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A year ago this weekend, Canadians were preoccupied with the 2015 federal general election. The campaign had been a roller-coaster ride, and the vote was just days away.

When it had all begun on Aug. 4, the pollsters were predicting a slim NDP victory, with the Liberals finishing a distant third. But by the end of September, the NDP's lead had dissolved, and Justin Trudeau's party was ascendant.

And then came October. Mr. Trudeau's team, with its consistently positive – and even daring (deficits on purpose?!) – messaging, surged into the lead early in the month and stayed there. On Oct. 19, the Liberals won a robust majority after almost a decade in the political wilderness. The Conservatives were reduced to the official Opposition, but without their leader, Stephen Harper, who resigned. The NDP were decimated and took the Liberals' place in the hinterland.

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It was a remarkable performance by Mr. Trudeau and his party. But it may have left Canadians with the impression that the new government would move as quickly in office as the Liberals had so impressively done out of it. After all, it had been two short years between Mr. Trudeau's arrival as leader in 2013 and the historic election in 2015.

The youngish leader with the familiar name created a surge of momentum for his party and its ideas, and that in turn created the expectation that Canada's serialized Trudeau government, version 2.0, would turn the country on its head overnight. When he released all the mandate letters of his new cabinet, describing in purple language their nation-changing responsibilities, that only added to the impression that something revolutionary was in the air.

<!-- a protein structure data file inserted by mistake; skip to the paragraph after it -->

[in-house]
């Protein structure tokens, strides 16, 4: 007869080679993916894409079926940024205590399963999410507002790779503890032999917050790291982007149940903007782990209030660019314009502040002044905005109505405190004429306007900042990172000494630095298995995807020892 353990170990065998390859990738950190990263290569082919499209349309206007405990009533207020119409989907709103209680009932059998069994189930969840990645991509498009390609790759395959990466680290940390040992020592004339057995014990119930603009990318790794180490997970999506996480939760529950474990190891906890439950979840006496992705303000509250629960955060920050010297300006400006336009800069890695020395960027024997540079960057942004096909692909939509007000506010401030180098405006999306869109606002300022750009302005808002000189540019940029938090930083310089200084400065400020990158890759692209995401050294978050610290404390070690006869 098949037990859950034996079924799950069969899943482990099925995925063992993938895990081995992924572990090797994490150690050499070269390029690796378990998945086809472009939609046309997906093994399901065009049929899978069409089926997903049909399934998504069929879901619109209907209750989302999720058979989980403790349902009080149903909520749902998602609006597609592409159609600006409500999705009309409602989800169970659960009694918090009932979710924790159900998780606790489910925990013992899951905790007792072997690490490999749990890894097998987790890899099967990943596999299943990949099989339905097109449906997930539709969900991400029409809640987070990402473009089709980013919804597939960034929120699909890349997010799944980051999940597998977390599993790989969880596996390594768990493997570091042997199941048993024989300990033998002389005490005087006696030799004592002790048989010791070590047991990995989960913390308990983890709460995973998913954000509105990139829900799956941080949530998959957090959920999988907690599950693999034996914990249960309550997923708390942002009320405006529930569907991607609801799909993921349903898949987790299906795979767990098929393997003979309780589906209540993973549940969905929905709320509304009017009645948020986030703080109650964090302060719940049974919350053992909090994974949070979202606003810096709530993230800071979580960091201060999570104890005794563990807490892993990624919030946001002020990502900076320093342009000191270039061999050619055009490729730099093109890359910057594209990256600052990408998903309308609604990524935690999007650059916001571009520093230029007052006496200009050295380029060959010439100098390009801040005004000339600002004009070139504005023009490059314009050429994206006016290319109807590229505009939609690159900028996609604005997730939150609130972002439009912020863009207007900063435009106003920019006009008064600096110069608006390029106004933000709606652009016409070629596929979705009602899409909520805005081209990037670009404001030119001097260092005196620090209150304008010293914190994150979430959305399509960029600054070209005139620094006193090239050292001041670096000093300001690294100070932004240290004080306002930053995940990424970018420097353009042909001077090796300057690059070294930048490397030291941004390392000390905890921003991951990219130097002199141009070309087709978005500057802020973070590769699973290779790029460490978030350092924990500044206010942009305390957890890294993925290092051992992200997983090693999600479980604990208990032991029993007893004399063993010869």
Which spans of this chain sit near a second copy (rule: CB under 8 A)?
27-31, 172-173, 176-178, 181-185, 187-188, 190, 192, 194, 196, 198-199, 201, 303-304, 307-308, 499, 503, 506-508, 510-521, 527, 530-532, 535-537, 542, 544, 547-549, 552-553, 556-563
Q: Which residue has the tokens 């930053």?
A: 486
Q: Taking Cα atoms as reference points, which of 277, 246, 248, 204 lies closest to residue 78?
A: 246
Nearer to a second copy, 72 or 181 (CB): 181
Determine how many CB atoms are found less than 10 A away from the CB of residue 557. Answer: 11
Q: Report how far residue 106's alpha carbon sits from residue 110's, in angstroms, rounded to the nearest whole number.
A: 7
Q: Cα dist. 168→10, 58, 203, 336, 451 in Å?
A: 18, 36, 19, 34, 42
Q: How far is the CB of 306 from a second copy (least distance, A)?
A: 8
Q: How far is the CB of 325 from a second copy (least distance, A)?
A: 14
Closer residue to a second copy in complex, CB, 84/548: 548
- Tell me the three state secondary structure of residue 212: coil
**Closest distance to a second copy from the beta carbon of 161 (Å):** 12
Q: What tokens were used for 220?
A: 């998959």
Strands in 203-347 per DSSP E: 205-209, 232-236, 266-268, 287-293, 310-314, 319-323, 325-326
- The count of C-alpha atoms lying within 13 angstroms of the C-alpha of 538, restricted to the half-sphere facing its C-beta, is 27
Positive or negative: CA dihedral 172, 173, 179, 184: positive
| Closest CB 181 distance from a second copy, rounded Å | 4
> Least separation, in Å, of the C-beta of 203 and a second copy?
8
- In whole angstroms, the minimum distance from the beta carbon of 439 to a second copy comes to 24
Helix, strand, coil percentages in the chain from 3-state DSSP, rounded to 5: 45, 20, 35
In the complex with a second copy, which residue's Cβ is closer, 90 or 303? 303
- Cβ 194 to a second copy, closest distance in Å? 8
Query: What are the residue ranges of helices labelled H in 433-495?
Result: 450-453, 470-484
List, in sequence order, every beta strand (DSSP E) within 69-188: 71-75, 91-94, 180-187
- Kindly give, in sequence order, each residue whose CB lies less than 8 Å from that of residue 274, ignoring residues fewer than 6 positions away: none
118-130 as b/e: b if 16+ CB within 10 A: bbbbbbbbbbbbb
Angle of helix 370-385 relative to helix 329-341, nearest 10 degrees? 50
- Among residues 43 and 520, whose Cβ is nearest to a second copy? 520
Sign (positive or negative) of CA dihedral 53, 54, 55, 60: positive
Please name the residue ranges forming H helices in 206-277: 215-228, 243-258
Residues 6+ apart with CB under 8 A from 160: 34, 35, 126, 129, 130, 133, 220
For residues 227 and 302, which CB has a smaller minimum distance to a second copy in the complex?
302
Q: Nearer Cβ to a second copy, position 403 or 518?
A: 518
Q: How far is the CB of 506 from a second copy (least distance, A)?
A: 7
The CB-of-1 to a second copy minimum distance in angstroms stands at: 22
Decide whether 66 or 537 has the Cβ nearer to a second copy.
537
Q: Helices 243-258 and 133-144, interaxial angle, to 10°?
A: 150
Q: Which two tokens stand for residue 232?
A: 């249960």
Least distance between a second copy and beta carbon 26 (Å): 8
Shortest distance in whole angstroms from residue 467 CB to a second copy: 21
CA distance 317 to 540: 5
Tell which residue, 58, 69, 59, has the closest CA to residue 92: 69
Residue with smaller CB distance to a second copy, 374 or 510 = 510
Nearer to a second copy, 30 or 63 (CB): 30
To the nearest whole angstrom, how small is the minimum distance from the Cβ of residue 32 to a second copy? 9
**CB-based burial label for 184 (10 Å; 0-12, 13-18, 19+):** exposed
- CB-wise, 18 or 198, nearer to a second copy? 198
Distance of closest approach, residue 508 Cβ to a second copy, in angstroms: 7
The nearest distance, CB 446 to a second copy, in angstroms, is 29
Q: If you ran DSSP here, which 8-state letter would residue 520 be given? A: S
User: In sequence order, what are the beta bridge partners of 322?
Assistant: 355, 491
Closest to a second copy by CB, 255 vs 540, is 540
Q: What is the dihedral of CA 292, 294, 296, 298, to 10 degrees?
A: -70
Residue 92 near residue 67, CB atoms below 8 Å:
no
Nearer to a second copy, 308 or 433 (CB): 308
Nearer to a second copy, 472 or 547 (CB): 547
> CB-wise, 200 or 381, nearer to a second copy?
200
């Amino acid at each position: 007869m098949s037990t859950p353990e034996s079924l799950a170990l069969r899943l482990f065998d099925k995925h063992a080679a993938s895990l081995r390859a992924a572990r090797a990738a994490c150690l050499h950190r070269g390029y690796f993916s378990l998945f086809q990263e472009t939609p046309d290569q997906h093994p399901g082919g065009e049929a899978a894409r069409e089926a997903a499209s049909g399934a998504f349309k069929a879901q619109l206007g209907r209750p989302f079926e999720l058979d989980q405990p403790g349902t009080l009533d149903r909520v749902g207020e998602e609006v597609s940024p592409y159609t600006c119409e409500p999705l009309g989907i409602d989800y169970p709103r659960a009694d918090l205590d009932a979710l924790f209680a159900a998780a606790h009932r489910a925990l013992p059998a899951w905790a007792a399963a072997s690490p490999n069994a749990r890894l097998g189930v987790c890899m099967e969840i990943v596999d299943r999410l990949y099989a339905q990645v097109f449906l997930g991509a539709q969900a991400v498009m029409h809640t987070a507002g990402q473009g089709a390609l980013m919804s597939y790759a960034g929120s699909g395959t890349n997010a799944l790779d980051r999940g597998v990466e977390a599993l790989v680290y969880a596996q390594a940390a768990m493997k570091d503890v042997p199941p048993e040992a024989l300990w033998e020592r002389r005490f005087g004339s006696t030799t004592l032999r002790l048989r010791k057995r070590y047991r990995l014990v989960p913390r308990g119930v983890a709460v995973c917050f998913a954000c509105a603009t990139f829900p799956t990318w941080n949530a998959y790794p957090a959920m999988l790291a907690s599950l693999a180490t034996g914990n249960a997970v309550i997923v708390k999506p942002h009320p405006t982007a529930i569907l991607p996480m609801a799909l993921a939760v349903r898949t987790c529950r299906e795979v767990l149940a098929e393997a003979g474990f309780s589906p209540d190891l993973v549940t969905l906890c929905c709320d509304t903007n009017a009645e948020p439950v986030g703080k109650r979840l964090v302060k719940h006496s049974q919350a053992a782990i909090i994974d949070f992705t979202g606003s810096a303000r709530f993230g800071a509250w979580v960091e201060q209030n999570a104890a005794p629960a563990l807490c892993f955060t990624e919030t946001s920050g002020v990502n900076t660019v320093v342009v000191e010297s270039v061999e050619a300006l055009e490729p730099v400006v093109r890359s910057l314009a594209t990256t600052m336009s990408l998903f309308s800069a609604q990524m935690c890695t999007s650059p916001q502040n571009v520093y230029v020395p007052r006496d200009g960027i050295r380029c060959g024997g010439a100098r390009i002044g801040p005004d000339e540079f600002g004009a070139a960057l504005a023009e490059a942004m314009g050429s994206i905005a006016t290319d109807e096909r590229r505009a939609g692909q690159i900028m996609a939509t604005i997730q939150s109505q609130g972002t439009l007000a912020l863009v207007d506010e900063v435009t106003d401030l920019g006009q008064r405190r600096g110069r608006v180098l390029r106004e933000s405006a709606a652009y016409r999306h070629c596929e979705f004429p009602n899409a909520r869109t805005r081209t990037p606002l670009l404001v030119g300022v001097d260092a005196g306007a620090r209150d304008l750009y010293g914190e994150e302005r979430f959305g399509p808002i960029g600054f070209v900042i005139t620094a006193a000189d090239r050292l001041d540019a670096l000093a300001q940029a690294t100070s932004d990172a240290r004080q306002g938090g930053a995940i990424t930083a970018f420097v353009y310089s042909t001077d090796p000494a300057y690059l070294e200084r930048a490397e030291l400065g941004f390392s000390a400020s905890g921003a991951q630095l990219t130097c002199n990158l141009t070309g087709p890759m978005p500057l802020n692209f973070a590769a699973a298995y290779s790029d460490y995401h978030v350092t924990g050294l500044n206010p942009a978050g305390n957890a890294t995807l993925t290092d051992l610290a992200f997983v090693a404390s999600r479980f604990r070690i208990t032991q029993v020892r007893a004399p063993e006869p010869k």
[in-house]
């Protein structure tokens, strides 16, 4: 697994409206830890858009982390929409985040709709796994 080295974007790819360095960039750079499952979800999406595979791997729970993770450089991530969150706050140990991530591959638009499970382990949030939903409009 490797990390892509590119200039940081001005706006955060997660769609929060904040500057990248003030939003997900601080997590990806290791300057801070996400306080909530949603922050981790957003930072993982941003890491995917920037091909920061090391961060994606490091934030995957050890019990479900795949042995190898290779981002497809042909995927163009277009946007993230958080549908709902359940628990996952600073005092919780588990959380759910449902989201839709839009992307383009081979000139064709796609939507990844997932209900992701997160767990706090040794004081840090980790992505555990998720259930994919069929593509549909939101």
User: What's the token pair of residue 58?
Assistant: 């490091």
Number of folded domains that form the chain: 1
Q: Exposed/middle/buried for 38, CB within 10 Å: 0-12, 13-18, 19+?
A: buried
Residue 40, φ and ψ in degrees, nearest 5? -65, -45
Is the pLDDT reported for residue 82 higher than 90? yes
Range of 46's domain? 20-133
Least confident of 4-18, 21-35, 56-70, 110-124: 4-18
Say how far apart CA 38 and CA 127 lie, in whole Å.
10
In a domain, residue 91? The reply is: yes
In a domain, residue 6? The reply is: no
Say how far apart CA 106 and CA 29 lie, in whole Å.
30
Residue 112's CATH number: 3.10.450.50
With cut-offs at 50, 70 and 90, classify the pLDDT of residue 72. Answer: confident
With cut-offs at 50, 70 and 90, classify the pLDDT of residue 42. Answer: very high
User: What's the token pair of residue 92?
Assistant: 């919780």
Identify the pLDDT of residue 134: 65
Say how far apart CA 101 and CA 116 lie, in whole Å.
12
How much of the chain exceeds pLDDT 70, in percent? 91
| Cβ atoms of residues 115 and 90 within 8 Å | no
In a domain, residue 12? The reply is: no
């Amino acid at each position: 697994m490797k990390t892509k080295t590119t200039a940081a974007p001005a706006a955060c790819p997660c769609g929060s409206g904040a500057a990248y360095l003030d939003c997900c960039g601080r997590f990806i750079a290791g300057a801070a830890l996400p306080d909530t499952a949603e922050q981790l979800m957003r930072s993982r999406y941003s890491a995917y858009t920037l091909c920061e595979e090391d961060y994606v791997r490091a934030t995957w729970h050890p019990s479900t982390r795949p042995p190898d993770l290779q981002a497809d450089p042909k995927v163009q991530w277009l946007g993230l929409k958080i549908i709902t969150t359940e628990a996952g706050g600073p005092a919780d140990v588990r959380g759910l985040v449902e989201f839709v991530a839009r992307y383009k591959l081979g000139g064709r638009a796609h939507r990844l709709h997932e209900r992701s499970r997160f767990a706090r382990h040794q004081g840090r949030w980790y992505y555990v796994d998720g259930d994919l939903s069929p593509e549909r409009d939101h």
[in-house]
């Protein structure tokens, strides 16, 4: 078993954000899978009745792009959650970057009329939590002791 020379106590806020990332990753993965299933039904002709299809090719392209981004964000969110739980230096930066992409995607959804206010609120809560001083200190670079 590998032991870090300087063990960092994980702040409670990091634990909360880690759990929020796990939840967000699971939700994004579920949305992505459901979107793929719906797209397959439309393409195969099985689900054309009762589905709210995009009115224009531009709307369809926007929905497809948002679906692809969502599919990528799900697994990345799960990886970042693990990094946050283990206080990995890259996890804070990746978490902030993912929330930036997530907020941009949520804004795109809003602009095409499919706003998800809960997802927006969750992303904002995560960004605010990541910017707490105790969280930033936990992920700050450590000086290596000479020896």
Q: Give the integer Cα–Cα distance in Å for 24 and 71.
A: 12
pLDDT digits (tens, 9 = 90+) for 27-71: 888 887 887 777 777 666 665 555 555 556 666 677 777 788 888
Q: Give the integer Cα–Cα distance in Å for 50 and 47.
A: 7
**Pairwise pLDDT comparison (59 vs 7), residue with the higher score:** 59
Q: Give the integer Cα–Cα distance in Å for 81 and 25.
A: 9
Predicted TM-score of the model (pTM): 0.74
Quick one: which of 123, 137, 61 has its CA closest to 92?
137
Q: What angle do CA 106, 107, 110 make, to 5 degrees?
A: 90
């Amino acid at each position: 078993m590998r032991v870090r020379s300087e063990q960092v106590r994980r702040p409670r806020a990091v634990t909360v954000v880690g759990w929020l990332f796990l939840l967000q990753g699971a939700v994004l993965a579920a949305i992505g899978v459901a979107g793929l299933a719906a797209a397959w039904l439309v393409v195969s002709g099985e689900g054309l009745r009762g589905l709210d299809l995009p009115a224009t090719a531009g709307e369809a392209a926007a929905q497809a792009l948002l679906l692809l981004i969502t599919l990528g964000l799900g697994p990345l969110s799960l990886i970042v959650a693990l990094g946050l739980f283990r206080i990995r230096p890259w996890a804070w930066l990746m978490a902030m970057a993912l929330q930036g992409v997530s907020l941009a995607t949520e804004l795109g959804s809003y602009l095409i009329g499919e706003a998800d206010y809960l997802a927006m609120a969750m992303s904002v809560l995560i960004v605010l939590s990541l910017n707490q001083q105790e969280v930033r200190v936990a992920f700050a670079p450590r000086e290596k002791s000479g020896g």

That hasn't happened, of course. Governments never move at the speed of campaign rhetoric. But Mr. Trudeau's first year in power has nonetheless produced a number of positive changes. There have been missteps, and he has put off dealing with some of the more difficult issues he faces. There have also been a few early glimpses of the kind of cynical politicization of policy that was prevalent in the Harper government.

But, overall, one would have to struggle to make the argument that Mr. Trudeau isn't off to a good start.

Some of his government's initiatives were no-brainers and required little effort, such as bringing back the long-form census and reaching out to the like-minded Obama administration in the United States.

Others were straightforward budget measures linked to campaign promises: the new child benefit, for instance. The Liberals also lowered income taxes for the middle class and raised them for the richest Canadians, and restored some of the benefits that go to veterans.

But the Liberals have done some difficult things, too. Bringing in 25,000 Syrian refugees during a period of heightened anxiety about migrants was one of them. Amending the law to allow for assisted death, while preventing worrisome abuses, in spite of demands from absolutists that there be no restrictions at all, was another.